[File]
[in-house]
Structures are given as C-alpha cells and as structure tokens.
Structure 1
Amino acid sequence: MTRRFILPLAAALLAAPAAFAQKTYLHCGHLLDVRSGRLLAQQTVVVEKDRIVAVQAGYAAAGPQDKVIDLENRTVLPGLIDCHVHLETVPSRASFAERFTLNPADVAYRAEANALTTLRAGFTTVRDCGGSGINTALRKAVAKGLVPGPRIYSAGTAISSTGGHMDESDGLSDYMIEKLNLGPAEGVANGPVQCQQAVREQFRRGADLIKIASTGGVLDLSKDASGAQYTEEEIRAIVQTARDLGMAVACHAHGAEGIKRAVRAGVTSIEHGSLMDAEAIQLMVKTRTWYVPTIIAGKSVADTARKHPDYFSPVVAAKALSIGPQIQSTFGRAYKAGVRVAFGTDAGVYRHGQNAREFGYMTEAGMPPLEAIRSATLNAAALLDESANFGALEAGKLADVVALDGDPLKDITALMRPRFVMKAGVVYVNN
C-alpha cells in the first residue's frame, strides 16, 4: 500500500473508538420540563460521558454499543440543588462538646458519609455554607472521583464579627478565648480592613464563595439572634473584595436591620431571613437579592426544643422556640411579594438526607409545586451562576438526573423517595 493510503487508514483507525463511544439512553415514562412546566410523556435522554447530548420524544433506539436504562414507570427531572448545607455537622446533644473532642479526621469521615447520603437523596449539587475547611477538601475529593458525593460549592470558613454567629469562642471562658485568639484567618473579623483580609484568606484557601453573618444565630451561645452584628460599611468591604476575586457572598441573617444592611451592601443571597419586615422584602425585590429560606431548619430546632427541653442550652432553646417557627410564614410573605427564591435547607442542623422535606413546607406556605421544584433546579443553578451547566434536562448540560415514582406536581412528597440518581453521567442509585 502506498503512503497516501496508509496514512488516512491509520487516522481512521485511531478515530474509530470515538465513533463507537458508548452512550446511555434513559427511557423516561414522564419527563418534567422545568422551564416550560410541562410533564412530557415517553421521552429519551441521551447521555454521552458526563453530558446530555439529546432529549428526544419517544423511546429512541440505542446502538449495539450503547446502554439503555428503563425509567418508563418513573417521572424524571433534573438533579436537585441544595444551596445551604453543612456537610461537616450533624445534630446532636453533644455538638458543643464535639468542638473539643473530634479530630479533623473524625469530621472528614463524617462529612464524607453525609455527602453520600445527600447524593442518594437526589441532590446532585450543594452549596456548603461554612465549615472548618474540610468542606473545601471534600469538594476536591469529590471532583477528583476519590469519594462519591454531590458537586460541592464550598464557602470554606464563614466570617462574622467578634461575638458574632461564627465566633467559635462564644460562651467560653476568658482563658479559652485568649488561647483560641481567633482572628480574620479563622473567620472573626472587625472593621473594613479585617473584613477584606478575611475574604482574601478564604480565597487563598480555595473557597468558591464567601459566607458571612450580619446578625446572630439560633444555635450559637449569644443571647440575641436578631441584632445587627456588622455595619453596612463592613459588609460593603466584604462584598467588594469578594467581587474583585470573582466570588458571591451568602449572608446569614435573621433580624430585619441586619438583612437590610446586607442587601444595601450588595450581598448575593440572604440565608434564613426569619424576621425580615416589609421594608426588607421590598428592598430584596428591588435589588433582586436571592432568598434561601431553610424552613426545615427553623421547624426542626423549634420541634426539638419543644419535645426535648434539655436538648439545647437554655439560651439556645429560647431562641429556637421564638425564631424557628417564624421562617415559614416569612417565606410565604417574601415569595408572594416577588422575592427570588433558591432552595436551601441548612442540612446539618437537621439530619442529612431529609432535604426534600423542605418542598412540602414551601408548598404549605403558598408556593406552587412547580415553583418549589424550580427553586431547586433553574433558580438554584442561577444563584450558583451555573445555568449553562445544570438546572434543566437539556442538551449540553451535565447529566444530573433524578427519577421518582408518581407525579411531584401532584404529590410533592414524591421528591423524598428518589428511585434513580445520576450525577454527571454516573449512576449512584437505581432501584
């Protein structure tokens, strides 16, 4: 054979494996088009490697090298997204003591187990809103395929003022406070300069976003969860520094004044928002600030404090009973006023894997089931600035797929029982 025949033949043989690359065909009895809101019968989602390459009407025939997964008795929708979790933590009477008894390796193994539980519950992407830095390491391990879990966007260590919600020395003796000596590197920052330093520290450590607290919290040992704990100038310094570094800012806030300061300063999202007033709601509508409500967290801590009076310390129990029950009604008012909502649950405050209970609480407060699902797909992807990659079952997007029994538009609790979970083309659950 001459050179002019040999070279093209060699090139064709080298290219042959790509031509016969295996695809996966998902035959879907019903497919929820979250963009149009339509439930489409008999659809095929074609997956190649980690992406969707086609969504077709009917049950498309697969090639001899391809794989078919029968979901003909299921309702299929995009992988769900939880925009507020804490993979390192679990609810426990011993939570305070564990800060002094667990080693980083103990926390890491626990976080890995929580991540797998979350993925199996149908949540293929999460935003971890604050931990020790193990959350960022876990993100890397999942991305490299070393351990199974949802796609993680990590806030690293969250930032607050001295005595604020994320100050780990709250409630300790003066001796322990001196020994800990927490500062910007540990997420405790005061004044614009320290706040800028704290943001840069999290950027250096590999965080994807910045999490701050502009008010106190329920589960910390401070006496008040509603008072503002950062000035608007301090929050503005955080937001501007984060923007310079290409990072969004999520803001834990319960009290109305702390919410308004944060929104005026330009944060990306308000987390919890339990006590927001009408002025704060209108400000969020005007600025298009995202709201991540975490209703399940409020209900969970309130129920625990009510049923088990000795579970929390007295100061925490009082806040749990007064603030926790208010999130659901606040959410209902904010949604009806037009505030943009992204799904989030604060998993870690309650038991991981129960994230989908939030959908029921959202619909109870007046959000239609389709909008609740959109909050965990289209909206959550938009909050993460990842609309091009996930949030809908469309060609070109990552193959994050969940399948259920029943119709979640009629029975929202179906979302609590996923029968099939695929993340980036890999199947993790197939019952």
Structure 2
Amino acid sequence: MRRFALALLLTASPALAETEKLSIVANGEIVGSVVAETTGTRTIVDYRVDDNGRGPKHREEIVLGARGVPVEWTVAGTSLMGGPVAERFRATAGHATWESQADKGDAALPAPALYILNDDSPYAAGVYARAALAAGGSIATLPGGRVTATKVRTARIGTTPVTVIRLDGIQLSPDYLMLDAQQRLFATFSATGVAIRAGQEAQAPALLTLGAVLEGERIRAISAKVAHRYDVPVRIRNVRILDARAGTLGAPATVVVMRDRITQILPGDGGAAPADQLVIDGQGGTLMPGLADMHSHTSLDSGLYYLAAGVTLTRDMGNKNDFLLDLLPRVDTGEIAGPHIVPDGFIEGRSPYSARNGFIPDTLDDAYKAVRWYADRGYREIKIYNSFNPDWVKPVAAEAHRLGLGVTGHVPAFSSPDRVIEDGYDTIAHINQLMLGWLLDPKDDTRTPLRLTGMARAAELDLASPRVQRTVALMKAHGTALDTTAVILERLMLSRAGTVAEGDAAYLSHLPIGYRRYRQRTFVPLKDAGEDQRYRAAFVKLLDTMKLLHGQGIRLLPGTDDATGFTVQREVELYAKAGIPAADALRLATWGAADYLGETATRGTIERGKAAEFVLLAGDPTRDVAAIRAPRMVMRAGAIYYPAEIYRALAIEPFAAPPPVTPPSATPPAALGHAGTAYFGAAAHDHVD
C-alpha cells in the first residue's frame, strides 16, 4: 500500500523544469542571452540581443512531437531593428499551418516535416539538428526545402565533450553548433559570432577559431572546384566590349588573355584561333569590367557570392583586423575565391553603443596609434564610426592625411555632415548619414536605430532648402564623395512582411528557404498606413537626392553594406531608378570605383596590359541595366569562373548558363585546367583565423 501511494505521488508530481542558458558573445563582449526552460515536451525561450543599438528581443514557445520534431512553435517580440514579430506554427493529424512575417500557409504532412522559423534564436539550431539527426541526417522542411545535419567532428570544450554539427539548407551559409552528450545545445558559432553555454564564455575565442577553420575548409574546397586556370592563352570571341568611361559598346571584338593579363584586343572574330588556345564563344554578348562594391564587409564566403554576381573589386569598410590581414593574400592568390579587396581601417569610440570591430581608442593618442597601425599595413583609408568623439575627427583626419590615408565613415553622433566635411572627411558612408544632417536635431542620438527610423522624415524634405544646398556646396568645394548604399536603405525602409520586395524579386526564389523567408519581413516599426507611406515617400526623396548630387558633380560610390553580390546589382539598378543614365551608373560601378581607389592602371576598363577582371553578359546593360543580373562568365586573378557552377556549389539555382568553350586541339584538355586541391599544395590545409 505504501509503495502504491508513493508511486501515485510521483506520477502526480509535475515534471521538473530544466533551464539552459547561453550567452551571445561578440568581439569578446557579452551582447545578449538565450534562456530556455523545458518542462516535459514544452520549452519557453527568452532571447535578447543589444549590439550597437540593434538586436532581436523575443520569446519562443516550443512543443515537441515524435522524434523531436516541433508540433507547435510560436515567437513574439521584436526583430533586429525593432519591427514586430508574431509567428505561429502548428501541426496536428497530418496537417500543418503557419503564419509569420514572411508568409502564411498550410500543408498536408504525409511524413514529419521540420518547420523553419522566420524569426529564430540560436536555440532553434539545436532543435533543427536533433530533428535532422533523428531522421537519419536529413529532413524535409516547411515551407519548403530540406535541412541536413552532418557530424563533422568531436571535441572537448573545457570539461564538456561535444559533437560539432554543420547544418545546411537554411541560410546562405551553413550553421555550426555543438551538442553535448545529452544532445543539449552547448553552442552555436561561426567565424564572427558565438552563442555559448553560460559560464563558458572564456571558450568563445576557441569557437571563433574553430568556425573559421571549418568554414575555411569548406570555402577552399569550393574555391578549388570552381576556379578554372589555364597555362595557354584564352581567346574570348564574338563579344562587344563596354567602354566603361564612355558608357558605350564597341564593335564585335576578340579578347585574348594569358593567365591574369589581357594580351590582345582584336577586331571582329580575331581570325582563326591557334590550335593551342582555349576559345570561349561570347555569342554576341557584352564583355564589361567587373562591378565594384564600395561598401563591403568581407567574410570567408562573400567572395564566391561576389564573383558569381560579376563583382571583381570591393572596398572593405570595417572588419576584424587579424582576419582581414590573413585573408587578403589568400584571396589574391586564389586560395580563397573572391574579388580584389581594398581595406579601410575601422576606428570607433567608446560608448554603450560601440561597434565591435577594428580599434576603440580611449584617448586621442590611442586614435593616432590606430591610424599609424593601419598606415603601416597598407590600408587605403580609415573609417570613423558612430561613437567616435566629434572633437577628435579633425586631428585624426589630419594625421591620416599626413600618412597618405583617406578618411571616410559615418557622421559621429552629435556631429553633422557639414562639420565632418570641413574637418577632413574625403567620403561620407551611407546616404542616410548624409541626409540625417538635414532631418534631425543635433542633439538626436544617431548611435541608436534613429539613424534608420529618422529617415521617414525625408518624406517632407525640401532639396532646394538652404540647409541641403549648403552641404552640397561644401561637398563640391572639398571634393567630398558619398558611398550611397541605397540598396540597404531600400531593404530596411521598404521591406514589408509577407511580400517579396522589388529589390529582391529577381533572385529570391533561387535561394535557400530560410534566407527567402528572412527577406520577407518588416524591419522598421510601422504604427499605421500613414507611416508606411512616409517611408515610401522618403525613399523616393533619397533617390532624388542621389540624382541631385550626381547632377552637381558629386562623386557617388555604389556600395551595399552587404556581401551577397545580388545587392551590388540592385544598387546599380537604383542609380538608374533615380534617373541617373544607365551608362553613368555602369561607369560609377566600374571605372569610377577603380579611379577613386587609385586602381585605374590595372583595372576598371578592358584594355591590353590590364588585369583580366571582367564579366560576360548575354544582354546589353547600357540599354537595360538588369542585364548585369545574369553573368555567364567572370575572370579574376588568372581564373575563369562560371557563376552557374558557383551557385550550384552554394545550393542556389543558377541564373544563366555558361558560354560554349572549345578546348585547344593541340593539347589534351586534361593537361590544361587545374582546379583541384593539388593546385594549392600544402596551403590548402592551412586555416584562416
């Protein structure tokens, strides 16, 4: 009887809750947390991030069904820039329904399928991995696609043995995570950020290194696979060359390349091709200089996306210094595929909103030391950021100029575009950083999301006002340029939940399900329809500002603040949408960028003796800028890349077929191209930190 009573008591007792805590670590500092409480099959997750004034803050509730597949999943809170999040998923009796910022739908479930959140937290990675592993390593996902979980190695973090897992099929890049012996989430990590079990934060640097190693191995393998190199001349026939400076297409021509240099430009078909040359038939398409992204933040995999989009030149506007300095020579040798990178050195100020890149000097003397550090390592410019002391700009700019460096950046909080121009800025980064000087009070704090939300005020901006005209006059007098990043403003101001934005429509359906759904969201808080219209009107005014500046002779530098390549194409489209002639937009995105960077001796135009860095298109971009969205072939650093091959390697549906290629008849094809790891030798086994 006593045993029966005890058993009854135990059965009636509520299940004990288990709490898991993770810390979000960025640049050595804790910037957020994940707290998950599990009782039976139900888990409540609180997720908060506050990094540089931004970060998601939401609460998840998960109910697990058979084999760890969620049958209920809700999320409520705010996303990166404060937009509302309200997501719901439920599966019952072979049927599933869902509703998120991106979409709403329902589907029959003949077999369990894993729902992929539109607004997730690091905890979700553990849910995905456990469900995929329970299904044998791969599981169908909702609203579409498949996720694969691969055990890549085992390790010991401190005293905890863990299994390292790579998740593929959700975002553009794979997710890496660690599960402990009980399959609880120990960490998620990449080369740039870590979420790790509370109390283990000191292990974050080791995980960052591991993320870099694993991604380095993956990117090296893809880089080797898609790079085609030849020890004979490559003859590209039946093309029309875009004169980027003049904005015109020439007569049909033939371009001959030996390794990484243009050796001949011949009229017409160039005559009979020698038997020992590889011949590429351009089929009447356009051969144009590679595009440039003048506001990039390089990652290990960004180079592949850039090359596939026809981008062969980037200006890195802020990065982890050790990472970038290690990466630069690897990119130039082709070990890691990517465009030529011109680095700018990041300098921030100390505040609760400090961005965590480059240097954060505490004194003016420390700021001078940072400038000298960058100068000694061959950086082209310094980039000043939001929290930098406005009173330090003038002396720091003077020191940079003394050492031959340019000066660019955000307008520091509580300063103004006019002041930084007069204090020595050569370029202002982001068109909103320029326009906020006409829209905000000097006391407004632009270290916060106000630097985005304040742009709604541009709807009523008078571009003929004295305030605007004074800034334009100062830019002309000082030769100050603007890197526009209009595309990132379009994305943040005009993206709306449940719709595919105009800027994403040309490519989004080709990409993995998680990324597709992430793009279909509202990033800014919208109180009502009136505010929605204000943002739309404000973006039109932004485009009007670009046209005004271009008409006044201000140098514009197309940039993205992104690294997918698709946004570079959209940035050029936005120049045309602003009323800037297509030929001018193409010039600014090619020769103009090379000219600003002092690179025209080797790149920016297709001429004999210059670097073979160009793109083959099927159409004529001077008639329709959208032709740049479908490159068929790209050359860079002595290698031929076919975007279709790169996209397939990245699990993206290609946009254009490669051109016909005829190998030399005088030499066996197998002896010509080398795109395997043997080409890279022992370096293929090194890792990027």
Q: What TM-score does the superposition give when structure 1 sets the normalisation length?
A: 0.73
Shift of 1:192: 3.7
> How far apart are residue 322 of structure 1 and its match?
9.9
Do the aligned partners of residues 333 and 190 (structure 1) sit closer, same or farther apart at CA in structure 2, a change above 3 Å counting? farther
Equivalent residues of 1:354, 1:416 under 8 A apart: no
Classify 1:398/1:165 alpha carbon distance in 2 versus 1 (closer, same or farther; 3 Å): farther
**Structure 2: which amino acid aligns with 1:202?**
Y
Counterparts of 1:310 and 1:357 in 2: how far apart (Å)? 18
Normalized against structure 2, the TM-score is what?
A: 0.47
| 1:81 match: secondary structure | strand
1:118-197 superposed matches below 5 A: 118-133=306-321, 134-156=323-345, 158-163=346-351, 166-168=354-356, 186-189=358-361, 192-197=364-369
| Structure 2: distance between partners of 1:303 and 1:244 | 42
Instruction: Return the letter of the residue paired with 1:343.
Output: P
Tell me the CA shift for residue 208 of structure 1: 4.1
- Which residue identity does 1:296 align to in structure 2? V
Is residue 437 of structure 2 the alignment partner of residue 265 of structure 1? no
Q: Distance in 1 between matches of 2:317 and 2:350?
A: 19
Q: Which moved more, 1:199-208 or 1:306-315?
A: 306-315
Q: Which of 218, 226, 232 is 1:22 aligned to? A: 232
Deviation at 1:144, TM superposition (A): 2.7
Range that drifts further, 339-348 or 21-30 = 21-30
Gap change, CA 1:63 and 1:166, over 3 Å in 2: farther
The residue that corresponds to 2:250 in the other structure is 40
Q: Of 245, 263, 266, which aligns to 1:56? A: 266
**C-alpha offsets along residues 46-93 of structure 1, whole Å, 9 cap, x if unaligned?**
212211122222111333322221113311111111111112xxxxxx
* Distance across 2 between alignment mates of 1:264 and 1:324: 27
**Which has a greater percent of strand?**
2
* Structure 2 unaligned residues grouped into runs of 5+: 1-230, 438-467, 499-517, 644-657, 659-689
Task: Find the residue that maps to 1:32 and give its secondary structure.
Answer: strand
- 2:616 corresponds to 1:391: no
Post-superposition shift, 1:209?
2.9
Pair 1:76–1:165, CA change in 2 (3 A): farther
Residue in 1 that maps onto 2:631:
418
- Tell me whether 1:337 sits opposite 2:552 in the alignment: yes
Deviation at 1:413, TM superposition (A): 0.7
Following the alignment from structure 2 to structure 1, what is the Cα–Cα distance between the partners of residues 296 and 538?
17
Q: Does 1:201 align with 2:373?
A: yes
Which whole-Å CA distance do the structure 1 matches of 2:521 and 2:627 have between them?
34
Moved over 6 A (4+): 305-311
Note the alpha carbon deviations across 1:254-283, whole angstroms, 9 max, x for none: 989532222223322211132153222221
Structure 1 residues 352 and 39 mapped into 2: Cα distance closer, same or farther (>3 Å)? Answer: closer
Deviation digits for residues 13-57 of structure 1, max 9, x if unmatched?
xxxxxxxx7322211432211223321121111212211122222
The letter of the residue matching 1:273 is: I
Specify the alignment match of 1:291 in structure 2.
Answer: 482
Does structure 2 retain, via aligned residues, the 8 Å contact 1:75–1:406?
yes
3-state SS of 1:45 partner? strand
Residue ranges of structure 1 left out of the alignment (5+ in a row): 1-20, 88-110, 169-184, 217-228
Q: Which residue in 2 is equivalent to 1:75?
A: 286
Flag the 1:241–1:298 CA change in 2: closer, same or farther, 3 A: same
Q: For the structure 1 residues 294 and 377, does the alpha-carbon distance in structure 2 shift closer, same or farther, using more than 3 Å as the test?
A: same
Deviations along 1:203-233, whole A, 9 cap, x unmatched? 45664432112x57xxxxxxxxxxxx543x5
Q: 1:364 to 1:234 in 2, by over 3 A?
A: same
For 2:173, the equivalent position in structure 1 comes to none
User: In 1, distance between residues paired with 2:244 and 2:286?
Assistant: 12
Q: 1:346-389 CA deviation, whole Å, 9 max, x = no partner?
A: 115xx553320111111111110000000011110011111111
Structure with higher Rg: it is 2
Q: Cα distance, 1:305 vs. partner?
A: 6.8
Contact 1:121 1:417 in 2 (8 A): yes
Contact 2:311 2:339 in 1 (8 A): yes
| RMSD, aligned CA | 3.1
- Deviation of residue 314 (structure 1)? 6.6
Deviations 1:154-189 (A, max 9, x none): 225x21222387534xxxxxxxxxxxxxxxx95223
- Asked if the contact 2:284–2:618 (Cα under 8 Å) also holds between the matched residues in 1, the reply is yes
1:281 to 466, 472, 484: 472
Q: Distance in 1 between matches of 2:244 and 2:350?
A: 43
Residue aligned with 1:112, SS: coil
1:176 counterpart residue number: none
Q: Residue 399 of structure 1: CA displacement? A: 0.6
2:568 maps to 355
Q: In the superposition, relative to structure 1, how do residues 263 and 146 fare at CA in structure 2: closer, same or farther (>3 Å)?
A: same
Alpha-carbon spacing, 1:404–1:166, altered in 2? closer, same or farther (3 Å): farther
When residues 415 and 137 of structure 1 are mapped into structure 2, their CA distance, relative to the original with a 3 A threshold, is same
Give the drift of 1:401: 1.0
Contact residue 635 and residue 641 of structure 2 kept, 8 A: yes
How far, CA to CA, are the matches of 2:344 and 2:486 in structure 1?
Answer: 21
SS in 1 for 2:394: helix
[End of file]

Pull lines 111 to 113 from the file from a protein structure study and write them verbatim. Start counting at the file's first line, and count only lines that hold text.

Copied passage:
How far, CA to CA, are the matches of 2:344 and 2:486 in structure 1?
Answer: 21
SS in 1 for 2:394: helix